The senior enlisted soldier for Army Intelligence and Security Command died Tuesday in Fairfax County, Virginia, officials from his unit confirmed.
Command Sgt. Maj. Eric M. Schmitz’s cause of death is currently under investigation by the Fairfax County Police Department and Army Criminal Investigation Command.
Officials declined to answer questions posed by Army Times, citing the ongoing investigation. The news was first reported by Task and Purpose.
“CSM Schmitz was a great Soldier. His 28 years of service to our nation will be missed for years to come,” said Maj. Gen. Gary W. Johnston, commanding general of INSCOM, in a prepared statement.
INSCOM, which is headquartered at Fort Belvoir, Virginia, gathers and synchronizes information across intelligence disciplines for Army commanders and the U.S. intelligence community.
Schmitz first enlisted in 1992. He became INSCOM’s command sergeant major in September 2017.
“Eric was a tireless partner leading INSCOM’s 17,500 Soldiers, Army Civilians and contractors, and we owe him and his family a debt of gratitude,” Johnston added in his statement. “Please keep the family in your thoughts and prayers, as well as our units as they work through this difficult time.”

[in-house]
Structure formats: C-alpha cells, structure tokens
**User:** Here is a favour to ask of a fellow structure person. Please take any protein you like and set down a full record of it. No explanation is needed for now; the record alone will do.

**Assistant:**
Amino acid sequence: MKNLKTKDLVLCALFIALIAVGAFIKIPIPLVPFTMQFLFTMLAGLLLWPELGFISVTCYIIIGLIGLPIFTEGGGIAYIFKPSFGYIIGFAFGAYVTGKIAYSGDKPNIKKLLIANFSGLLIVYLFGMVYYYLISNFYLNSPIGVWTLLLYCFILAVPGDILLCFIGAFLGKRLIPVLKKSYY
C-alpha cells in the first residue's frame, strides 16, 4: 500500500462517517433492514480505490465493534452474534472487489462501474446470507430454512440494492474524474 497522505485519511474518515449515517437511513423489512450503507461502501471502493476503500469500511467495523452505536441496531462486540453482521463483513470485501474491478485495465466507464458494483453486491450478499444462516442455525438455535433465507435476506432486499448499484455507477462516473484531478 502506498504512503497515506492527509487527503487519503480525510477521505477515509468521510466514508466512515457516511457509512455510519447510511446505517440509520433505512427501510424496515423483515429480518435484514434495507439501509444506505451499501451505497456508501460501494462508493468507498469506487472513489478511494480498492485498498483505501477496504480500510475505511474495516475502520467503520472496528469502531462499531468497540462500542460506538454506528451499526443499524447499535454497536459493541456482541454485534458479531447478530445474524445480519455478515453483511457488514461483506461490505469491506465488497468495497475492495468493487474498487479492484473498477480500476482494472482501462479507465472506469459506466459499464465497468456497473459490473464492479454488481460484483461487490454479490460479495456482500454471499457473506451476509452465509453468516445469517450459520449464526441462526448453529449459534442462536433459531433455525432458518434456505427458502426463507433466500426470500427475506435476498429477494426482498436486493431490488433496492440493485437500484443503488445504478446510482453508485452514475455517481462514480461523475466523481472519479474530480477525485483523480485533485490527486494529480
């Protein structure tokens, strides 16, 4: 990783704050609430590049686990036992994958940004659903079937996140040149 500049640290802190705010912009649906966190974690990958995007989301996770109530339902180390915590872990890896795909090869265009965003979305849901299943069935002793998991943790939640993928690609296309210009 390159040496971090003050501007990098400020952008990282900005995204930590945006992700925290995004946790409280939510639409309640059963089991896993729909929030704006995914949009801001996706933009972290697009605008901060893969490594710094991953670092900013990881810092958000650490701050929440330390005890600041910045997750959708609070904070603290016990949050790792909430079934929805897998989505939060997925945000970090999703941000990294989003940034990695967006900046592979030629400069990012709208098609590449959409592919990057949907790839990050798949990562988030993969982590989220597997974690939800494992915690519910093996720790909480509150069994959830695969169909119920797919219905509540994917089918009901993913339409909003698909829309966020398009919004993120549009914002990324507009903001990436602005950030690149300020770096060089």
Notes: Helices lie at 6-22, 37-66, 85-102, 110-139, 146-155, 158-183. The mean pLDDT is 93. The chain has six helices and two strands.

Schmitz also served for the past three years as the president of Operation Enduring Warrior, a nonprofit that provides support to wounded service members.
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“Eric cared deeply for the OEW mission and lived it every day,” the nonprofit wrote in a Facebook post. “This is a great loss to our OEW Family and our entire community. In the coming days, we ask for your support and love for his family.”
Schmitz first enlisted as a chemical specialist but reclassified in 1996 as an imagery analyst. He held positions across the Army, including his previous assignment as the G-2 sergeant major for Army Forces Command at Fort Bragg, North Carolina.
His awards and decorations include the Bronze Star Medal and the Iraqi Campaign Medal with two campaign stars.
About Kyle Rempfer
Kyle is a staff reporter for Military Times, focusing on the U.S. Army. He served an enlistment as an Air Force Special Tactics CCT and JTAC.